After passing through this fairy archipelago we reach Kingston, or the "Limestone City," as it is called, and a very clean, thriving, healthy place it seems. Some of the houses are built of brick, but the largest number are built of limestone—hence its name. Having two hours to spend here, we visited the Court-house, the Cathedral, and the New College. About two miles distant from the city is the prison, to which are attached two hundred acres of land in which are stone quarries. The working of these quarries and the cultivation of the ground keep the prisoners fully employed at profitable work, and near the prison is a very large asylum. Both prison and asylum are said to have been built by prison labour. This is putting criminals to profitable use, and is a great improvement on "crank-turning," suoh as we have in some prisons at home.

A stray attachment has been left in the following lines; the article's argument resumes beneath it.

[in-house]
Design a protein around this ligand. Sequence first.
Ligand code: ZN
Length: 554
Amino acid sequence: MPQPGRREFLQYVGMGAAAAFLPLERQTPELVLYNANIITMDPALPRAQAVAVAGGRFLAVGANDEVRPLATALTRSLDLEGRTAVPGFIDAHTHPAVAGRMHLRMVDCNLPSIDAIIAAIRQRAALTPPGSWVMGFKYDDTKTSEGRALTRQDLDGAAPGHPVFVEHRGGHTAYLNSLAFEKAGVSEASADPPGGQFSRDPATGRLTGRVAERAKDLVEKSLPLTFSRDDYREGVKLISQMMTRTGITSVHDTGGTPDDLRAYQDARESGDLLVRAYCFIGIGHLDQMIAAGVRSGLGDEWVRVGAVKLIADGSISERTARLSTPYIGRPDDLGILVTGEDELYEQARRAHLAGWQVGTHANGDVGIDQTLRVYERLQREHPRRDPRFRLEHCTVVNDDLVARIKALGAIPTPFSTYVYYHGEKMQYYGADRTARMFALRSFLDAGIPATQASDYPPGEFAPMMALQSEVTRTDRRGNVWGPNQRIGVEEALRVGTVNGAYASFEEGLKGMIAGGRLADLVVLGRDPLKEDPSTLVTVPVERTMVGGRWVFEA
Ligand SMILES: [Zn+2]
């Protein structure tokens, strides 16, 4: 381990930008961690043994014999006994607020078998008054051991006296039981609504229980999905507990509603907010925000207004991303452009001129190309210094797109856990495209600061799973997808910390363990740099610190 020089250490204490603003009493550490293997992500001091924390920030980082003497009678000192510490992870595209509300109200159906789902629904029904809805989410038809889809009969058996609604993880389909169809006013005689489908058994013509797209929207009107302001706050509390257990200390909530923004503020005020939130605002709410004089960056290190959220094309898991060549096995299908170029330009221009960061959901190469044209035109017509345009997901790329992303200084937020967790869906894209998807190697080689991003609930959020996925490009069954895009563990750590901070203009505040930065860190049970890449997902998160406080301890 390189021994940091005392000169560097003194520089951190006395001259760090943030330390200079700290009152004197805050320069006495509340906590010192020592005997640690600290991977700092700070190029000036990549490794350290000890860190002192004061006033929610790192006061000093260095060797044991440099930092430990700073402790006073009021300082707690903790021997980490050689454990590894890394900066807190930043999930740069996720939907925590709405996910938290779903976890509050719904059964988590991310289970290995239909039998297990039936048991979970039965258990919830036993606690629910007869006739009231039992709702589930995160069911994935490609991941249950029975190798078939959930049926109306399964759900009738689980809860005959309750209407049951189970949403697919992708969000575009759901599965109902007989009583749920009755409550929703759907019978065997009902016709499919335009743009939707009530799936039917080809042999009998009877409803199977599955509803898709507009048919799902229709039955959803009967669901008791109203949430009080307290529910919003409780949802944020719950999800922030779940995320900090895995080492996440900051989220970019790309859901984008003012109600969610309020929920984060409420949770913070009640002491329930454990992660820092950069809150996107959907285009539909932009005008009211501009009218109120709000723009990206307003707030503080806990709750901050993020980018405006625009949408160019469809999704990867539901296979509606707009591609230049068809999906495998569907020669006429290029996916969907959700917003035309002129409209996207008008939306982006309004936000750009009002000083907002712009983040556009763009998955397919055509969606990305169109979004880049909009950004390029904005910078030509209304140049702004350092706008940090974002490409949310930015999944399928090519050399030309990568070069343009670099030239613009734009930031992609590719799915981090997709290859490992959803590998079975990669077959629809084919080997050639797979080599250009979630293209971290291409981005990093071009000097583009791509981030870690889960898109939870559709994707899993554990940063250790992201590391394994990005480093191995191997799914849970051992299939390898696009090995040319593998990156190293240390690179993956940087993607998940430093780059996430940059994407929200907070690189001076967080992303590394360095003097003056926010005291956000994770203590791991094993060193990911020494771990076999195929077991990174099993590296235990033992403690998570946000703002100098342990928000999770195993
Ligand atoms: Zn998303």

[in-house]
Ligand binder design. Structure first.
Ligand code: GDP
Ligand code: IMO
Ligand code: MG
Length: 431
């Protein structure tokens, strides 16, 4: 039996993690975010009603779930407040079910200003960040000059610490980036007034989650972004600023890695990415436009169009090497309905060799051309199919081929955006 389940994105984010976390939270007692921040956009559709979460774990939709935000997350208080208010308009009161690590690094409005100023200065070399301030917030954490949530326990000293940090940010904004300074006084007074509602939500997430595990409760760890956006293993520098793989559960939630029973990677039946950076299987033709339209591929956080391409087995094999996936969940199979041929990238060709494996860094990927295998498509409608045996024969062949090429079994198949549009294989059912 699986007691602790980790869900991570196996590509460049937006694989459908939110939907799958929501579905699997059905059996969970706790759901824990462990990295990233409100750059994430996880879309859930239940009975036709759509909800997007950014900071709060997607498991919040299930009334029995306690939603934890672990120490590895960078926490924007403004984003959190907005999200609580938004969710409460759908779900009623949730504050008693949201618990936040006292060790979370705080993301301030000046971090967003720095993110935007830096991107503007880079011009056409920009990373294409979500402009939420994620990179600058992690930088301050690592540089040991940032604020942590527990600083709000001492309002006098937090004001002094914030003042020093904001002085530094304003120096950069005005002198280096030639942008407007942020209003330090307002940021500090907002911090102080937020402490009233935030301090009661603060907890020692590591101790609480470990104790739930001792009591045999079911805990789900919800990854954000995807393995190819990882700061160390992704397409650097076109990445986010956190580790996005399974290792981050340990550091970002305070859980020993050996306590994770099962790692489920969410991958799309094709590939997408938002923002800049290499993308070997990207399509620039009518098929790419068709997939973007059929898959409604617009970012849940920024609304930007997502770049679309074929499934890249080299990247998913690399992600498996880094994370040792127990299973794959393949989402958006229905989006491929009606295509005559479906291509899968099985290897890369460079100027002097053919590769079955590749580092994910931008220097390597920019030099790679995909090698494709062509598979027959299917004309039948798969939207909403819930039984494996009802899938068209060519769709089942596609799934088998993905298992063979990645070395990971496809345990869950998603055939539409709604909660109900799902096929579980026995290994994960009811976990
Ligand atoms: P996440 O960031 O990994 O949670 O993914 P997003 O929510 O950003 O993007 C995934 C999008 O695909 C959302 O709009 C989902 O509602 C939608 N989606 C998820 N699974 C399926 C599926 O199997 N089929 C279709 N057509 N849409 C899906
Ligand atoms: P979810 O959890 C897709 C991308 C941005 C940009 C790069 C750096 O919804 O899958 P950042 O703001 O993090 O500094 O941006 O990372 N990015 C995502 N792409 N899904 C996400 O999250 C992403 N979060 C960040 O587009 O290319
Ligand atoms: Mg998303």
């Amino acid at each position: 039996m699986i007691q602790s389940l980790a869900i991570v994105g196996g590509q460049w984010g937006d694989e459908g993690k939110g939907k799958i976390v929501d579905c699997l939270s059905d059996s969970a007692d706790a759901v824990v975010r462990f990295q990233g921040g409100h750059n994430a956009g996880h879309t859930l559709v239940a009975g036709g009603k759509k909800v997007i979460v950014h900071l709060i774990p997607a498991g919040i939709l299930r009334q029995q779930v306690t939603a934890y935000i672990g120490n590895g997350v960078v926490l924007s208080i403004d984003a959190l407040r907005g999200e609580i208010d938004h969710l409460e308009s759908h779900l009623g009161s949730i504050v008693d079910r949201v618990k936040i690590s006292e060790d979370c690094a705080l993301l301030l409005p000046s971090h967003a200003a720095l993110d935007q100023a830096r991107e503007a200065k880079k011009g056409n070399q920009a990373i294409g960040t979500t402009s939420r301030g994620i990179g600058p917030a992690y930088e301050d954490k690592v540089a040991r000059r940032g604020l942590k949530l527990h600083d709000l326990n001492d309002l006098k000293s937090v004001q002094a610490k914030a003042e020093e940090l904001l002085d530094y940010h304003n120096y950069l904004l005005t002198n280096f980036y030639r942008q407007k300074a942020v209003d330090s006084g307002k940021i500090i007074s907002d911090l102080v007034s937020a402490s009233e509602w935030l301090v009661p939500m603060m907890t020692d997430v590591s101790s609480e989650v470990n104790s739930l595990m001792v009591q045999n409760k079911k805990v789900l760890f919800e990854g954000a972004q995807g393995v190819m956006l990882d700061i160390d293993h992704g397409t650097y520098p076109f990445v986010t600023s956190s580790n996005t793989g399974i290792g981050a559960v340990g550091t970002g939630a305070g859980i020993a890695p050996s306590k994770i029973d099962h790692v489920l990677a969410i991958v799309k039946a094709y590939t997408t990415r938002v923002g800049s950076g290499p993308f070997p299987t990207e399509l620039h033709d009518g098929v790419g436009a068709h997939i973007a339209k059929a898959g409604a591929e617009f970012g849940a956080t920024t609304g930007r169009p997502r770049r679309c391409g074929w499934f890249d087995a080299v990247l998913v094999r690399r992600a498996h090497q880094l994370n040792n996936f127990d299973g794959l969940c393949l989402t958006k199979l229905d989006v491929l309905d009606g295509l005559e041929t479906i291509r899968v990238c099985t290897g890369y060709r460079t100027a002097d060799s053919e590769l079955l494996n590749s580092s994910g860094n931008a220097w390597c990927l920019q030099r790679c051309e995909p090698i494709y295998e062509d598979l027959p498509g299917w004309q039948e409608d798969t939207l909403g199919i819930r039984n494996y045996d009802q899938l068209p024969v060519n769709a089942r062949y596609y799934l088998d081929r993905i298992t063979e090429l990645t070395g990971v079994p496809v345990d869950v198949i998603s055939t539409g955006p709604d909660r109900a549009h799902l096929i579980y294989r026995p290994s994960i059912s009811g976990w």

The agent of the Steamboat Company was very communicative, and gave us a sight of all the specimens of minerals the district produced, among which were silver, lead and iron ores. The iron ore contained twenty per cent., and some as high as sixty per cent. of pure iron. We inquired if they had coal in the neighbourhood of the iron? "That," said he, "is the only thing we want, to give full development to the port; so we have to export the ore to get the iron extracted."